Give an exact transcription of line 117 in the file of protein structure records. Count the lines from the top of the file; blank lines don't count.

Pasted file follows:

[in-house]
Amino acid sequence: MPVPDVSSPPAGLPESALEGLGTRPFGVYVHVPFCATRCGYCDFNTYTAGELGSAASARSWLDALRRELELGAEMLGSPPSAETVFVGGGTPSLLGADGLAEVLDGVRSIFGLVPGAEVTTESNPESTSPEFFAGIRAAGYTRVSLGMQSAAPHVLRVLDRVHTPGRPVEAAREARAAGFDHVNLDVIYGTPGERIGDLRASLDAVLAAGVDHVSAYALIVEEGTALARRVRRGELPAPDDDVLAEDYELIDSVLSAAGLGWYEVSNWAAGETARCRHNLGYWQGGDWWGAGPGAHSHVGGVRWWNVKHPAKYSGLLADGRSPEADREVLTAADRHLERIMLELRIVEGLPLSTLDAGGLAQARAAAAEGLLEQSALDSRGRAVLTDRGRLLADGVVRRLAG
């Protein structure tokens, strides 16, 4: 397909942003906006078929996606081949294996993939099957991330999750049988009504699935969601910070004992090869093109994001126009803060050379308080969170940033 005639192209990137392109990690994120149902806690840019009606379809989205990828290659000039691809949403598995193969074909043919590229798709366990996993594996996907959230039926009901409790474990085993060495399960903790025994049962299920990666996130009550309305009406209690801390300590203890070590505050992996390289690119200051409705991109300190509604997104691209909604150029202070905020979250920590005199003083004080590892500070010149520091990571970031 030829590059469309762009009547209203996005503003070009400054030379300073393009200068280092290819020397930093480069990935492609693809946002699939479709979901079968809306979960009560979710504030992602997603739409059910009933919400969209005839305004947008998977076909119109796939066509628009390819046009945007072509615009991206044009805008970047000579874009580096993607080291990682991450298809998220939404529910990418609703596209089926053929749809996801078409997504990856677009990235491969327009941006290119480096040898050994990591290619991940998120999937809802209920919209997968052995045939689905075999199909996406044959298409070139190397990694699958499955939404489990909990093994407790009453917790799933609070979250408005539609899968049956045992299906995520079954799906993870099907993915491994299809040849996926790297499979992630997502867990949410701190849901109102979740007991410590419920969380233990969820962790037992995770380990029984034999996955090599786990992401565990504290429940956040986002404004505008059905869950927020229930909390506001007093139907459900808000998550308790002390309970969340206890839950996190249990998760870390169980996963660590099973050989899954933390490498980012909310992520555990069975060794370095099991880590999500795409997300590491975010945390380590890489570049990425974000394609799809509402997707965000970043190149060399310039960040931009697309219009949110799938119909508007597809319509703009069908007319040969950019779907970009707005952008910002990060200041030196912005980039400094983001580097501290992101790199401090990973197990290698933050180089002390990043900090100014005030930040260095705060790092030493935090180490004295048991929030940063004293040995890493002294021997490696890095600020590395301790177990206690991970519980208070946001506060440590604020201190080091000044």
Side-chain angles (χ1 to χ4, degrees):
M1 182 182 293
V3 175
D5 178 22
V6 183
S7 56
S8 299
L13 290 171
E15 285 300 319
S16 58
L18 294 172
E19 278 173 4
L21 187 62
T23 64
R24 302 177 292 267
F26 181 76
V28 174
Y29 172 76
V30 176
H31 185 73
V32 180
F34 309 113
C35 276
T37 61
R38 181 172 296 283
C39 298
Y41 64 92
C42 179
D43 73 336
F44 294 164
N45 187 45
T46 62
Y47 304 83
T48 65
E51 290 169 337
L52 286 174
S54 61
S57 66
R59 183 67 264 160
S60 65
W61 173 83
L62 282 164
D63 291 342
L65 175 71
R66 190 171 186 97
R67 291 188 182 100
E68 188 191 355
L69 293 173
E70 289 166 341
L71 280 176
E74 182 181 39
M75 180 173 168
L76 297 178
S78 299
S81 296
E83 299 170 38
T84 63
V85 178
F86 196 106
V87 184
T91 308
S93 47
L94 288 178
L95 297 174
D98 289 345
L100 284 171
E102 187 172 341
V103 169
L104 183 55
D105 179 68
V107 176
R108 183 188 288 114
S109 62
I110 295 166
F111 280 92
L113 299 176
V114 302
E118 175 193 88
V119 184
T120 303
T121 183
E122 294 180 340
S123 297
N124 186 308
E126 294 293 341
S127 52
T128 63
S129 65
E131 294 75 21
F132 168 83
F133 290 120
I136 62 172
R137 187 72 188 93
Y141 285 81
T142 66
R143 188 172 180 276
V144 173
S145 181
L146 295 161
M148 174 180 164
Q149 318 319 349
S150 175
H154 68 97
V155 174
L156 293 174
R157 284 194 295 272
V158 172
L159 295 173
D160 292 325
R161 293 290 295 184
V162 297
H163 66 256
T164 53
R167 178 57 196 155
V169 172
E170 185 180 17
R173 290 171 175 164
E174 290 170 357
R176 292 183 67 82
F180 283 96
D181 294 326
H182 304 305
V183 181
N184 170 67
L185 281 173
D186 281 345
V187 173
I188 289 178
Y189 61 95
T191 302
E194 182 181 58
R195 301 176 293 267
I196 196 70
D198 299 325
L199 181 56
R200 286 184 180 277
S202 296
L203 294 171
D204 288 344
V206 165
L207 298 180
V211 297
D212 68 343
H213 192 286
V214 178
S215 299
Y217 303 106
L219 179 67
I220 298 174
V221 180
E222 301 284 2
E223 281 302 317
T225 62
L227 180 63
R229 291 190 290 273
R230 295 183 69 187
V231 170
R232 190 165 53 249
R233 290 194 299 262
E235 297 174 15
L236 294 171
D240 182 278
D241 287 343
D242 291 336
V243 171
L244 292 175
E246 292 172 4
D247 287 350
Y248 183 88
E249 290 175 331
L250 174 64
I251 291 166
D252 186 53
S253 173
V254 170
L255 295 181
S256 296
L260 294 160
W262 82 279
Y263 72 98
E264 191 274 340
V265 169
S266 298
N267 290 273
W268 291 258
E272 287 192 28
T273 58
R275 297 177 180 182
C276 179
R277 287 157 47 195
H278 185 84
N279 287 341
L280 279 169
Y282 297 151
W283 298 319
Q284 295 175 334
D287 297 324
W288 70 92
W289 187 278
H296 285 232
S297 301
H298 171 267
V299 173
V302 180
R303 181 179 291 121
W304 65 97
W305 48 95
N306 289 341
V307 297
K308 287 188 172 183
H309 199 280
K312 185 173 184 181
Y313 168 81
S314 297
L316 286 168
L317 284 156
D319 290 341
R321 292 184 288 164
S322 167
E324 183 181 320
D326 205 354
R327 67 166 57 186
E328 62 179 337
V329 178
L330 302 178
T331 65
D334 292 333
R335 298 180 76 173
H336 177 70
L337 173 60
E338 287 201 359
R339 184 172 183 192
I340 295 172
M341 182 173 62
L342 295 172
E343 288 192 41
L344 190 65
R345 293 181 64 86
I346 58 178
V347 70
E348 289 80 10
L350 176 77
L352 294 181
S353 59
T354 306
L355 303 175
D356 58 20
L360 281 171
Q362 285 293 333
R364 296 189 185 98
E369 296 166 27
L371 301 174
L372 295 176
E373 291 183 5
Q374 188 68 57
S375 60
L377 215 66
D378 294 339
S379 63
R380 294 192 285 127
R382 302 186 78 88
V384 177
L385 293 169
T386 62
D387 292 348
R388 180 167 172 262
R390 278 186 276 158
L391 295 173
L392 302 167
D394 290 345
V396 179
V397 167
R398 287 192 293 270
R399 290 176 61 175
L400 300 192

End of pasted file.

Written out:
R167 178 57 196 155